Combat Search and Rescue - the unknown role that spies play

465 pages in paperback

Code Name Ndebele 14 is a follow up to the CSAR (Combat Search and Rescue) book, Code Name One Alpha.  

Here, we explore whether it is possible to rescue downed aircrew from within a city environment and not just any city, a hostile one like Mogadishu or Mosul in recent years.

This is a radically different approach from normal CSAR rescues which usually take place in rural areas. The scenario is where the aircrew are either kept safe by locals, spies or paramilitary spies (called Assassins in GMJ Books) already inside the city. Or, conceivably, the aircrew are held by the enemy after being captured and they must be rescued in the same way as any other hostage rescue with the crucial difference that it is behind enemy lines.

The first problem is establishing contact and deciding if it is worth trying to rescue them or not, something we discussed in detail in Code Name One Alpha. For an example, we look at the famous BAT 21 Bravo rescue of the Vietnam Era.

Even if the attempt is authorised, the friendlies inside the city need help to get the aircrew out or rescued from captivity. How do you infiltrate the Special Forces Team without causing even more hostages?  

In this book, we introduce you to what became known as the “Ndebele Approach” where three sections of the chosen Special Forces platoon go in. 

The first, underwater, using SDVs (Special Delivery Vehicles).  The SDVs were launched from a surface warfare ship and not a submarine, as could have been done, but wasn’t, for reasons that will become clear in the book.

The second infiltration takes place by way of a HAHO (High Altitude, High Opening) parachute drop from 33,000 feet into the sea, forty miles away from the enemy city.

The men land on drop zones prepared by the spies already inside the hostile city, but with quite an unusual twist.

Angelique Dawson has come up with the plan that, many experts state that although it can be done, technically, the idea is insane and will lead to mass casualties.

Description:

Spymaster extraordinaire, Angelique Dawson and her team are in the Eastern Cape, in the harbour city of East London, South Africa, conducting a training CSAR (Combat Search and Rescue) mission to liberate shot down pilots on the run or so she claims.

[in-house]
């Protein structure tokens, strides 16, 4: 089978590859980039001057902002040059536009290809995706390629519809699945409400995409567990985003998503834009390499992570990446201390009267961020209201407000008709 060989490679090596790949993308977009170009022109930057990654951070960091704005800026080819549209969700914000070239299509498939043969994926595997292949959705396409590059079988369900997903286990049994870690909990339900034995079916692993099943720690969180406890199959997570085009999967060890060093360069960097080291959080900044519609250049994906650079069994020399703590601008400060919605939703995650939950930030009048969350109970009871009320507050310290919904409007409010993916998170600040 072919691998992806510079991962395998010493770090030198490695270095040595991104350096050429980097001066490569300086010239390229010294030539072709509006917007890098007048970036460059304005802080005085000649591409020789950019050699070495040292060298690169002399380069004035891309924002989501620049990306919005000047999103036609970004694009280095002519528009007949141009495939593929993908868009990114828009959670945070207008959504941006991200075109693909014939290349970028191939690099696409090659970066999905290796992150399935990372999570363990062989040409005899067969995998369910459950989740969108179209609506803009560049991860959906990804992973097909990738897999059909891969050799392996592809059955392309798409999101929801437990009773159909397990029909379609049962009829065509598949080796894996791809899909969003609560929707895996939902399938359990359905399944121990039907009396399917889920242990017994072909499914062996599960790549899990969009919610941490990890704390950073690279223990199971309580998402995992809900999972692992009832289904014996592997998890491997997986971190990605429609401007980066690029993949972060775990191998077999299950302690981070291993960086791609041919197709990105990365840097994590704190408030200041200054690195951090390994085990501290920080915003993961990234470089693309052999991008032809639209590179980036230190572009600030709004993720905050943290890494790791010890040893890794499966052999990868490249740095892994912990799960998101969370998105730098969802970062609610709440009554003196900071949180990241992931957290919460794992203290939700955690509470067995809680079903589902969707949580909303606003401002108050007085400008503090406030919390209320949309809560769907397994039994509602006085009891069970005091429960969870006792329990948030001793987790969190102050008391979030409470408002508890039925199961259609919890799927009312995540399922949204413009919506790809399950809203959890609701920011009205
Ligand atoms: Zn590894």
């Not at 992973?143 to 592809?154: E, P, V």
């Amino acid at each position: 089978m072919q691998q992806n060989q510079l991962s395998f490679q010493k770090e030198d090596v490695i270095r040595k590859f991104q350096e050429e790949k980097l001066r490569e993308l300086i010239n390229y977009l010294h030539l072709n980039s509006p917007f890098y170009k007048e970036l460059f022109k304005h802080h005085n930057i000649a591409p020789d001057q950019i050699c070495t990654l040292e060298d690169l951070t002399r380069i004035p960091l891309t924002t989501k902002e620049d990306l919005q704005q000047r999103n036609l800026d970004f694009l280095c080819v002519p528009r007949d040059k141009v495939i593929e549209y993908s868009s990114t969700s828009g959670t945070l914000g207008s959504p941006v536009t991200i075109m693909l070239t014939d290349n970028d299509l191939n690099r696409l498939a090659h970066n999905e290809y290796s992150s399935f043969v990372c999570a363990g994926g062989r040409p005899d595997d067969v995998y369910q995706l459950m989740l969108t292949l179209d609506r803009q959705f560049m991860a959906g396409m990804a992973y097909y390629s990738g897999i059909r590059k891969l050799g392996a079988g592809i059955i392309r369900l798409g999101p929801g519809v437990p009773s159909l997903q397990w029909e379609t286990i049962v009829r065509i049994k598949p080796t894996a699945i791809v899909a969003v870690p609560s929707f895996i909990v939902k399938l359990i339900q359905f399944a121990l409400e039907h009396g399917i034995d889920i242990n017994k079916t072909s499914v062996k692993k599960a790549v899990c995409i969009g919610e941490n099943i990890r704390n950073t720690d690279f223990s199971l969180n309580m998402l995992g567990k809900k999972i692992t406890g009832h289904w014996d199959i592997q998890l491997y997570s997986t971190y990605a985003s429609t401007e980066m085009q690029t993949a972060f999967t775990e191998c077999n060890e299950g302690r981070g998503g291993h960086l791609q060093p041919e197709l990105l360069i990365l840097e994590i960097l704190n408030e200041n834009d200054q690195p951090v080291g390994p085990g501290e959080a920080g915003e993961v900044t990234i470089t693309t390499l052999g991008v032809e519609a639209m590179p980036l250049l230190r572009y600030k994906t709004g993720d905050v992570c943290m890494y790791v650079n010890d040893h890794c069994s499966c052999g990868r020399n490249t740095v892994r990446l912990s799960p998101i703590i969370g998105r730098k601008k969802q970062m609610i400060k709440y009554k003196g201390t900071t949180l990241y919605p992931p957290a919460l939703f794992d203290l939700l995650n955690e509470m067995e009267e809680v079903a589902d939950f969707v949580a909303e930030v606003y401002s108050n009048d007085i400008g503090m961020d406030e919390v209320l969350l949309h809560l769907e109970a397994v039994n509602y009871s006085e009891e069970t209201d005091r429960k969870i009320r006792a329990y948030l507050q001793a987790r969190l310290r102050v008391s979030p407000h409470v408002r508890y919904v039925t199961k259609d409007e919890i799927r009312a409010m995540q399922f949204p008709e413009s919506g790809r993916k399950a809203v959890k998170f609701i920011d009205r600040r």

For the purpose of the exercise, called Code Name Ndebele 14, the pilots are held inside a “hostile” city that must be covertly penetrated by Special Forces working with spies and agents already in place.

Her bodyguard and later husband, Geoffrey Foxtrot and his friend, legendary Special Forces officer, Geelslang Peter Ndebele have their hands full to protect Angelique.

As usual, she is not revealing the real reason behind the exercise.

They penetrate the city first by submerged SDV (Special Delivery Vehicles). The second infiltration takes place by way of a night HAHO (High Altitude, High Opening) parachute drop from 33,000 feet.

In the meantime, the counter-espionage desk, sworn enemies of Angelique, is tasked to find her and her teams and if so a clash will take place between the two groups. As it is, they meet up during the exfiltration phase...

If you wish to read about Covert and Special Forces Operations in sub-Saharan Africa, the GMJ Books are the place to start. You will learn about covert operations, Special Forces techniques and military history not known outside the select few.

Code Name Ndebele 14 is the 36th book of the GMJ Series.

​“When you hear a story, you remember, when you see the PowerPoint slides so beloved by Western Militaries, you forget within minutes and fall asleep. We don’t do boring and we count success by results, not money wasted or tons of bombs dropped, we want to win at any cost payable by the enemy.”

- Major Geoffrey Foxtrot to GMJ.

​​© 2020 George M James Publishing | All Rights Reserved

The GMJ Books are for intelligent people that want information and answers that aren't to be found in mainstream media

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